Tips and tricks invented to help in testing prototype antenna constructions. From easy variable matching stub connection specifications to the effects of foreign housings, casings and mounts.

Antenna Tweaking

Prototype Antenna Construction

Getting the antenna from the state of working prototype to a fully functional industrial design. Confirming the functionality by building the first operational version and the subtle tweaking.

Antenna Preparation

collinear mast mount

Preparing the antennas for being mounted on masts. Weather proofing and fixture construction so that it is capable of operating in all weather conditions.

MorseCode Call sign

Prototype AVR Morse code call sign generator

A microcontroller based call sign Morse code generator small enough to fit into a hand microphone. Also handy for repeater systems that need to identify on a regular basis. Mixes the audio with any other audio present at time of transmission.

Falconry Telemetry

Falconry Telemetry

Microcontroller managed tiny high power telemetry transceiver used to track birds of prey or other wild life on the move.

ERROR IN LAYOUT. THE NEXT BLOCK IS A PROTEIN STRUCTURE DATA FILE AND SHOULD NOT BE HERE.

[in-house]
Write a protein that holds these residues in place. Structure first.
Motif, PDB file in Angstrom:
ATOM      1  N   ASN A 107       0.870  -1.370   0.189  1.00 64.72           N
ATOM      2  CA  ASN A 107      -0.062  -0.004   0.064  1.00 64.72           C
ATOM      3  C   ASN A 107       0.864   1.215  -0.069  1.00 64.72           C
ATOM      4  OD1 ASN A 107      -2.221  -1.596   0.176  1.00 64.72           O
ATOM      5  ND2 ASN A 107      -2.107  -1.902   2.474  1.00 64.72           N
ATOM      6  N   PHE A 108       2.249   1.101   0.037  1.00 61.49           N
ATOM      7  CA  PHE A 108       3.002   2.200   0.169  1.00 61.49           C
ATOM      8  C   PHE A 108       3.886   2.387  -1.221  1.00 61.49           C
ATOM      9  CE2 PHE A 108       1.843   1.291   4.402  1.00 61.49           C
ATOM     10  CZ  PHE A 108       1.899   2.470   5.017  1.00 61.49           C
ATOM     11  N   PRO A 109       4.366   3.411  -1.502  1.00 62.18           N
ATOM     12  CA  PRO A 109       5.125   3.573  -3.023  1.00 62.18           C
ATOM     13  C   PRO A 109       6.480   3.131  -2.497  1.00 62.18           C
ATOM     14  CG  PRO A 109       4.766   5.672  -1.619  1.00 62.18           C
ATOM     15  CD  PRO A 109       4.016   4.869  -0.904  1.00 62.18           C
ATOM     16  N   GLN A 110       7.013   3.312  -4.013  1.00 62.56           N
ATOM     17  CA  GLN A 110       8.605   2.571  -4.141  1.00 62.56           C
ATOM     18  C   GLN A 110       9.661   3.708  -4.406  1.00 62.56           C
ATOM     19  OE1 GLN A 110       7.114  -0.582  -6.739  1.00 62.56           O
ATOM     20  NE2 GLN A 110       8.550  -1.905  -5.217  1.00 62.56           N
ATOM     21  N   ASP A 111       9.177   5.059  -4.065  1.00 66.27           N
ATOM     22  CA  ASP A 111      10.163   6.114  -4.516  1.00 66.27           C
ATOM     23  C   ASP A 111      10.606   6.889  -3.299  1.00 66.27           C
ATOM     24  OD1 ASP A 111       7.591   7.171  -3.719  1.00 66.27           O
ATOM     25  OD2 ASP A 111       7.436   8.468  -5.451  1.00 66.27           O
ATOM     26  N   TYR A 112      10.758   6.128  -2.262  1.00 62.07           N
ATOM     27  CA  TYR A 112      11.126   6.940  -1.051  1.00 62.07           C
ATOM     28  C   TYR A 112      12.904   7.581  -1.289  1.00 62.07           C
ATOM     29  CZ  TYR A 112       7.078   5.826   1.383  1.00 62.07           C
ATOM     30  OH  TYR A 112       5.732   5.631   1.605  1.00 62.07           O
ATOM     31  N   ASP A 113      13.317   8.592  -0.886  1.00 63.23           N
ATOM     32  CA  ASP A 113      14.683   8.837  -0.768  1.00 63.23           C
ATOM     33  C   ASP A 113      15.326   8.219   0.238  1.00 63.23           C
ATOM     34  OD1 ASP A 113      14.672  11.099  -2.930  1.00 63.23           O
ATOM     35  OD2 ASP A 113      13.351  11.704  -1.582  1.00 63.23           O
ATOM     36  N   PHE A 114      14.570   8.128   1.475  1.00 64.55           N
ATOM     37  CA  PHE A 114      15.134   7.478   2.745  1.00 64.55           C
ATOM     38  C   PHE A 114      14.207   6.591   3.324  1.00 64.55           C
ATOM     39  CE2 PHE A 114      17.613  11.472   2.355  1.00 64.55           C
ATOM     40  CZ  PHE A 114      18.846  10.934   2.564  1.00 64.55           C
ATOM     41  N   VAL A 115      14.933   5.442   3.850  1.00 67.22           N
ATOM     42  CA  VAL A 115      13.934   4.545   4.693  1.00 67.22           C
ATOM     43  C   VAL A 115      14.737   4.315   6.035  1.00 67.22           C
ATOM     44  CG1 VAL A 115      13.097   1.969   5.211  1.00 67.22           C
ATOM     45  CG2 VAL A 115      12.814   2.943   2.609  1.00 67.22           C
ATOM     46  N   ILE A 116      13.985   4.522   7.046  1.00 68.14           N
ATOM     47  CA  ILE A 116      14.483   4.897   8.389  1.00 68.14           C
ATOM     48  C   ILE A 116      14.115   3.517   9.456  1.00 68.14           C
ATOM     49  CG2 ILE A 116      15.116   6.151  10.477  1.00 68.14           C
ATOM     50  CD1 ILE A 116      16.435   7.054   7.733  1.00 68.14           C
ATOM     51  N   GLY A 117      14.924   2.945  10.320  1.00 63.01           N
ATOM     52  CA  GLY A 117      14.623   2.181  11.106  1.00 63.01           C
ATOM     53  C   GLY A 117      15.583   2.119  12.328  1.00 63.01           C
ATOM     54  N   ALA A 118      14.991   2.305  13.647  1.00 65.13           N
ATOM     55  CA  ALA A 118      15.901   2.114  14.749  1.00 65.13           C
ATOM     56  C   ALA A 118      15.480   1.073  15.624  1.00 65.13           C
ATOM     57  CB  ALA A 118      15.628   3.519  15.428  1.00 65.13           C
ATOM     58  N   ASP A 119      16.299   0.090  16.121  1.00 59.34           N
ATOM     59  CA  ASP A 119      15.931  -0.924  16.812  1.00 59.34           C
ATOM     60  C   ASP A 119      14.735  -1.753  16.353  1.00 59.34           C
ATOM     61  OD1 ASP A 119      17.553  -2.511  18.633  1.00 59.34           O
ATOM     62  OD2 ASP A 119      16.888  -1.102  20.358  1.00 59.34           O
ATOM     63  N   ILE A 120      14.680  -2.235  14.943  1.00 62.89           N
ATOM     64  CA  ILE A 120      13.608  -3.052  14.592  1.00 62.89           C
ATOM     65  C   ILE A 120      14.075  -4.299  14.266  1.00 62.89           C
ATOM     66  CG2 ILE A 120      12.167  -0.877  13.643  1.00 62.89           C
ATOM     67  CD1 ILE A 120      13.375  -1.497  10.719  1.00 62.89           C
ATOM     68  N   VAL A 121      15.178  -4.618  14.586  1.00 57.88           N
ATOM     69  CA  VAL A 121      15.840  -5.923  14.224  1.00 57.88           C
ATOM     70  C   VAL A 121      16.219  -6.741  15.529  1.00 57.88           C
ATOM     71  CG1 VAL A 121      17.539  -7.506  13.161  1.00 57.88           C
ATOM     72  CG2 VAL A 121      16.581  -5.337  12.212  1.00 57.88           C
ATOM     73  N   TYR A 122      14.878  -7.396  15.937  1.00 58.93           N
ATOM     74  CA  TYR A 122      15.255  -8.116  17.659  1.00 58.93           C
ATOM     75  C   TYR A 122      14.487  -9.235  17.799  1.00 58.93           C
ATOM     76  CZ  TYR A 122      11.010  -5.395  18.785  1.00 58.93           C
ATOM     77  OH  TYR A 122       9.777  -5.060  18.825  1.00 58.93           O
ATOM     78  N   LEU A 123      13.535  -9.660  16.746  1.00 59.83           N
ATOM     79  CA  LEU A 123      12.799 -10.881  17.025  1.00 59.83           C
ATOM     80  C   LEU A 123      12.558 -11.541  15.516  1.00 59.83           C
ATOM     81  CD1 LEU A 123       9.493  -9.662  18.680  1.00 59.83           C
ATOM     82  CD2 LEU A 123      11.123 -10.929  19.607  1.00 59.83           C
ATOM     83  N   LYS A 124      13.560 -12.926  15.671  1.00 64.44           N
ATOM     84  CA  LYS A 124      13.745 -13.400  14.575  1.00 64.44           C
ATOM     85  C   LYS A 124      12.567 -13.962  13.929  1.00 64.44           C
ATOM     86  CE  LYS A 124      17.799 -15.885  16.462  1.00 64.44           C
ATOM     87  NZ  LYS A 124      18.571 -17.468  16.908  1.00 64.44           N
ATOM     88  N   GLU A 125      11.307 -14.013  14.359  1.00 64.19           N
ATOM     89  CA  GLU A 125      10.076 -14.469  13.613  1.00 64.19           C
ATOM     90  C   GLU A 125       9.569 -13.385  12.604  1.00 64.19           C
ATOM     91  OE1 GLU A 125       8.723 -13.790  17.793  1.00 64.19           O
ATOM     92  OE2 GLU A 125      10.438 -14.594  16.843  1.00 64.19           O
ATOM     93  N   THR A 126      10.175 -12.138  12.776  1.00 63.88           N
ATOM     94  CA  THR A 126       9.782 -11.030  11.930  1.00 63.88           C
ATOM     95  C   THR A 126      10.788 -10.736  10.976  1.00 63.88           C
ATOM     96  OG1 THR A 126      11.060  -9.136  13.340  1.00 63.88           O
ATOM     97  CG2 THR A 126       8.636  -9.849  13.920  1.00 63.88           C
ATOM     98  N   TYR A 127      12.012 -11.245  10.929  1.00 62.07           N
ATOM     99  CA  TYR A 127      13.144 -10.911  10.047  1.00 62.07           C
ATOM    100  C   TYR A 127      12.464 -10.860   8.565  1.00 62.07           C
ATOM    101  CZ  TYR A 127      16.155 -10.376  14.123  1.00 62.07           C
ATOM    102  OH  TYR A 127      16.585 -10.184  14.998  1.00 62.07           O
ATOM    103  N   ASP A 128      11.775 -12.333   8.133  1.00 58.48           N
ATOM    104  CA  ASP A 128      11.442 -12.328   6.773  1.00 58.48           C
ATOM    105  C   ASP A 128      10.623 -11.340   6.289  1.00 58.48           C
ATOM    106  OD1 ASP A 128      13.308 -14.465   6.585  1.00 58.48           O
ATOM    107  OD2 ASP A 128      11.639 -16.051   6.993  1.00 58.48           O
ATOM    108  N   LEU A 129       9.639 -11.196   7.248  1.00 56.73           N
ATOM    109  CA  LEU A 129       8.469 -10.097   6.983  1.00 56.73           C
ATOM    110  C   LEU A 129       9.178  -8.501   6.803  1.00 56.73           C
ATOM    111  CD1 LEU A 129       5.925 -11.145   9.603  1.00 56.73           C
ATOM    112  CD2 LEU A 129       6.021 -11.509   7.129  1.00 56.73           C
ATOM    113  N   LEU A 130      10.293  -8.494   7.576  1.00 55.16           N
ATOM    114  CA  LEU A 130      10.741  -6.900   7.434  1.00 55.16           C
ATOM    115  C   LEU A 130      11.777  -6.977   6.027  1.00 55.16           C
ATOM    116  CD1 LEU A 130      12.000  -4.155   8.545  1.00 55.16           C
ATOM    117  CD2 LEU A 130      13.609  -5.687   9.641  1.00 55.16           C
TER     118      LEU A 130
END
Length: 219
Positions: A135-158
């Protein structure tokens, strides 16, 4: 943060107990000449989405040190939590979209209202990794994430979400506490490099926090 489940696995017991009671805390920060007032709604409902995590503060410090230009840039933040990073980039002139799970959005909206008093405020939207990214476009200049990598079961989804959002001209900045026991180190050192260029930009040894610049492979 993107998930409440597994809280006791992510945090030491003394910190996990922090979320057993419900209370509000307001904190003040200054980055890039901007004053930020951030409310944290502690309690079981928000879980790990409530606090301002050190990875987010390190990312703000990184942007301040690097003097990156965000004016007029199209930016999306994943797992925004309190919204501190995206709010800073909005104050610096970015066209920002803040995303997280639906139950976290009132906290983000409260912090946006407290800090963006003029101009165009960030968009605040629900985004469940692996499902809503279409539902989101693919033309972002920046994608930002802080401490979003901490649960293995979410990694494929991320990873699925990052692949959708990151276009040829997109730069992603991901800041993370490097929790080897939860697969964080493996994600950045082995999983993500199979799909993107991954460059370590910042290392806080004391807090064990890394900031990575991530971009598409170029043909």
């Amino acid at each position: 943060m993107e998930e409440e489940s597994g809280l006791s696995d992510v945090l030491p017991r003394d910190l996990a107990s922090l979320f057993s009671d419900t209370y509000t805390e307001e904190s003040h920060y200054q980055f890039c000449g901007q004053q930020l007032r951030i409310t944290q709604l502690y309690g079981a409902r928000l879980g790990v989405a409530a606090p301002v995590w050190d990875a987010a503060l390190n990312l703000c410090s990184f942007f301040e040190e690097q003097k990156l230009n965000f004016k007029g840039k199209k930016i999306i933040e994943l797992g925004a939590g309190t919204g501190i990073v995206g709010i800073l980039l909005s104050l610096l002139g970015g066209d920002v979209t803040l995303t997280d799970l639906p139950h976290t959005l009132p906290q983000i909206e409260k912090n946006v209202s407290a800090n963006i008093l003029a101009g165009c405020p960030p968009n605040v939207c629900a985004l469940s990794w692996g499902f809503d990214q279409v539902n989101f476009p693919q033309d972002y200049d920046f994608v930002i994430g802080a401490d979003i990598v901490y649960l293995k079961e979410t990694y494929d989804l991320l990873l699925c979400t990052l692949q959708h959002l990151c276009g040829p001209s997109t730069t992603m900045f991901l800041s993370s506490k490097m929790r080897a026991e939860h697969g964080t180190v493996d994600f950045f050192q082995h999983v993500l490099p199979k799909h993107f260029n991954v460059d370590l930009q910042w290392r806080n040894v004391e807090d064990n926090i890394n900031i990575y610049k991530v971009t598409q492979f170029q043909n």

Software defined radio

Monitoring aircraft location via SDR

Monitoring aircraft location in real time via a local software defined radio receiver and antenna, and projecting this on a real time map.


cQRP EndFed Antenna

Constructing a balun for a QRP EndFed antenna for WSPR, "Weak Signal Propagation Reporter" operations

UHF Matching Point

Antenna match point

An easy way to determine the exact best matching point for optimum coupling with receivers and transmitters...

VHF Matching Point

Antenna match point

Is using a construction that is adaptable, so that adjustments can easily be made for optimal resonance and performance...

Confirmation Equipment

UHF and VHF impedance and resonance tools

Having suitable measuring equipment (as budget allows) is (really) important. Getting impedance and matching right is crucial to top performance.

At the end of the day

The laboratory at night

The hobby space, after a good day of experimenting and testing (when time allows). And then rest and relaxation.